Tiger Woods bringing uneven game to Aronimink

Tiger Woods struggled to a 75 in the final round of the U.S. Open after climbing into contention with a 66 the day before.
Tiger Woods struggled to a 75 in the final round of the U.S. Open after climbing into contention with a 66 the day before.
Posted: June 27, 2010

The U.S. Open exhibited the bizarre year of Tiger Woods in a microcosm.

In the third round, he sent his fans scrambling to find a television set at the dinner hour, showing glimpses of the old Tiger as he blazed his way to a 66 over the menacing Pebble Beach Golf Links and put himself in contention for a record-tying fourth U.S. Open title.

The next day, Woods delighted his detractors in the audience as he lacked what used to be his trademark closing punch, struggled to a 75, and finished 3 strokes behind Open champion Graeme McDowell.

Woods chose to accentuate the positive from his weekend at Pebble Beach, feeling his continued play is a "process" that he will keep building on as he resumes his regular playing schedule.

But there are the skeptics out there who wonder if we'll ever see the old Tiger again, if the personal issues with which he has wrestled since last November have become too much of a distraction, if injuries have begun to take a toll, if he can find a consistent swing again.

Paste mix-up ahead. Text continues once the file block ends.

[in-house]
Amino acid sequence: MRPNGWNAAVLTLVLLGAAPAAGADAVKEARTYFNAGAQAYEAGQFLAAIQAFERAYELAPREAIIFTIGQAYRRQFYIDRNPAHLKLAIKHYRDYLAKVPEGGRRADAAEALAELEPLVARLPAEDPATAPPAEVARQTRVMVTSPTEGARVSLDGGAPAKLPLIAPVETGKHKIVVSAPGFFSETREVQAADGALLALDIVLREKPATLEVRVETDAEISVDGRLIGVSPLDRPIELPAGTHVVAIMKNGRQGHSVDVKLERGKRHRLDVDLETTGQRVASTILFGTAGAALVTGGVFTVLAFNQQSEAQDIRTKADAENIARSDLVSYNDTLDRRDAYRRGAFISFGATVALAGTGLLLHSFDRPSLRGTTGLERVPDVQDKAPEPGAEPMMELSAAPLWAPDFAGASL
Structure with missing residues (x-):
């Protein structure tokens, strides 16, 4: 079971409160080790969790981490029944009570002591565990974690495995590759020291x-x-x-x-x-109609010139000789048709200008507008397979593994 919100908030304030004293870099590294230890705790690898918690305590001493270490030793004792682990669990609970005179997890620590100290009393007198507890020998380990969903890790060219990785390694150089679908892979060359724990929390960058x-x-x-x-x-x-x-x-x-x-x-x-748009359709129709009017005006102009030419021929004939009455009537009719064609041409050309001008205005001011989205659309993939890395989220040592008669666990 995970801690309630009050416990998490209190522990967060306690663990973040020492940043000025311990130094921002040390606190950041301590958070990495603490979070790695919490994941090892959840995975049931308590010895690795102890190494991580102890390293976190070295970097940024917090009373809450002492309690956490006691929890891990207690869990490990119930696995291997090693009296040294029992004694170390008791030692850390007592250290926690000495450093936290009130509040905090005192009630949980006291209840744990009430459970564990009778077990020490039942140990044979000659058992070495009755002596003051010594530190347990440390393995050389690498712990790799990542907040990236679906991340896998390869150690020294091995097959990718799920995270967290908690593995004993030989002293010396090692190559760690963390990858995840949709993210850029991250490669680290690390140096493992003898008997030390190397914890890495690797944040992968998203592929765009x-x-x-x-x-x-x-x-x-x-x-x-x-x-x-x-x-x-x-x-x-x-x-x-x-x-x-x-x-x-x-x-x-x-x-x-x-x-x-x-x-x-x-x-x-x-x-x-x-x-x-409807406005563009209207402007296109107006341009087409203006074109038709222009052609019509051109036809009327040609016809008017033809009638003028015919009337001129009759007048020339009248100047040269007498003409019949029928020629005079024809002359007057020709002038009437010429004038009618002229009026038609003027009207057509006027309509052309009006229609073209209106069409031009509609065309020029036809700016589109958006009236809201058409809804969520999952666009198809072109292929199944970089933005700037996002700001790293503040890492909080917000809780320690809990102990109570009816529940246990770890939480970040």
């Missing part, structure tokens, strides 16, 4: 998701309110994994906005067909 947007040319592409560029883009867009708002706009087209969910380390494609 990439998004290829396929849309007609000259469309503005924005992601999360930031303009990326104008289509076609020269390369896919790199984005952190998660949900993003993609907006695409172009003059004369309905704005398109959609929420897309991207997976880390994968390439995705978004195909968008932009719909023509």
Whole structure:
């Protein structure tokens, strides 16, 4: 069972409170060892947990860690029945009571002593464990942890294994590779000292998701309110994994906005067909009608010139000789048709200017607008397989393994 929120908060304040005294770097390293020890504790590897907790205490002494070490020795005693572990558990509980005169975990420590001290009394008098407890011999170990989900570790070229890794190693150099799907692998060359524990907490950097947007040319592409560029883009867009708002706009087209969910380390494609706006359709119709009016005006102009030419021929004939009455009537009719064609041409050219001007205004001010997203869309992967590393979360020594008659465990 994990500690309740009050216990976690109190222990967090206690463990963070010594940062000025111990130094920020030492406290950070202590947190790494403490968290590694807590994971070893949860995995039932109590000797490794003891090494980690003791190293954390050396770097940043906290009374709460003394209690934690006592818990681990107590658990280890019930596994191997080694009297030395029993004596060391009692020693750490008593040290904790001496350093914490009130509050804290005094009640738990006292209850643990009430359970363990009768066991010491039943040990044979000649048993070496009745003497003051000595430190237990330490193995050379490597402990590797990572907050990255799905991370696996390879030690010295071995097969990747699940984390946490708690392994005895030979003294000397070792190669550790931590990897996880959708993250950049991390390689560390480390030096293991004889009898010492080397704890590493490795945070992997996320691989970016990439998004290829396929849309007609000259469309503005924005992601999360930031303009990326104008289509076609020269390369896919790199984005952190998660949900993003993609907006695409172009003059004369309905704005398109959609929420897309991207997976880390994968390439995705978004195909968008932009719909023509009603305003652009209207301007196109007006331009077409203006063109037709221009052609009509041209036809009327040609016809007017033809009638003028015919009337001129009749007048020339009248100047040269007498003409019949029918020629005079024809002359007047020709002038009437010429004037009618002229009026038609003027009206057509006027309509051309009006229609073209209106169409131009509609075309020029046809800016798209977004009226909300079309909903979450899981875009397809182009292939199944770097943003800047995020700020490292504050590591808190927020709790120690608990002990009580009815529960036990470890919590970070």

Philadelphia-area golf fans will be able to see for themselves close-up this week when the AT&T National, which benefits the world No. 1's Tiger Woods Foundation, begins its two-year run at Aronimink Golf Club in Newtown Square.

To give you an idea of the type of year it has been for Woods, this event used to be known as the "AT&T National Hosted by Tiger Woods," but lost the last four words of the title around New Year's Eve, the time when AT&T dropped Woods as a spokesman after reports of his infidelity had been confirmed.

Still, since Woods' foundation is the chief beneficiary of the tournament, there was little doubt Woods would be here. He was a huge advocate of the tournament's moving to Aronimink from Congressional Country Club in Bethesda, Md., which is being renovated this year and will host the U.S. Open in 2011.

This will mark Woods' sixth event of a year that did not start until the second week of April at the Masters. Curiously, his best finishes have been in majors - tied for fourth at the Masters and the U.S. Open. But he missed the cut at Quail Hollow and had to withdraw from The Players Championship with a neck injury that sidelined him for three weeks.